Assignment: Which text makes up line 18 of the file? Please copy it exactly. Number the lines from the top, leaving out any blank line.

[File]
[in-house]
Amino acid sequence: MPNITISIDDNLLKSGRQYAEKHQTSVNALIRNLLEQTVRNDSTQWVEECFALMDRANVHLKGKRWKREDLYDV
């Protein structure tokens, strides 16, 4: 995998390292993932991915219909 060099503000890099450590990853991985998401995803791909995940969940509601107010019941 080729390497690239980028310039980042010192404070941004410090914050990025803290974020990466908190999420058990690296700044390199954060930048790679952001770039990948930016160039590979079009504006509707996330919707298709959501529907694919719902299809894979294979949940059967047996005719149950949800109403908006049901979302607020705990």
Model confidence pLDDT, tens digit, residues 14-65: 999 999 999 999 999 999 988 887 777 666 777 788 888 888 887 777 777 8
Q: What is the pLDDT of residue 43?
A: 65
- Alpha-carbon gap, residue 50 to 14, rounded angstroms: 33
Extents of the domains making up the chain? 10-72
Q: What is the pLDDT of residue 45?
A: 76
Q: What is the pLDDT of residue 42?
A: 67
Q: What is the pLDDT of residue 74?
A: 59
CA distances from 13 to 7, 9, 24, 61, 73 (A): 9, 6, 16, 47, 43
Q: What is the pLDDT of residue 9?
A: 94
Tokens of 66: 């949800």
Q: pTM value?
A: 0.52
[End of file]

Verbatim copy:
Tokens of 66: 């949800």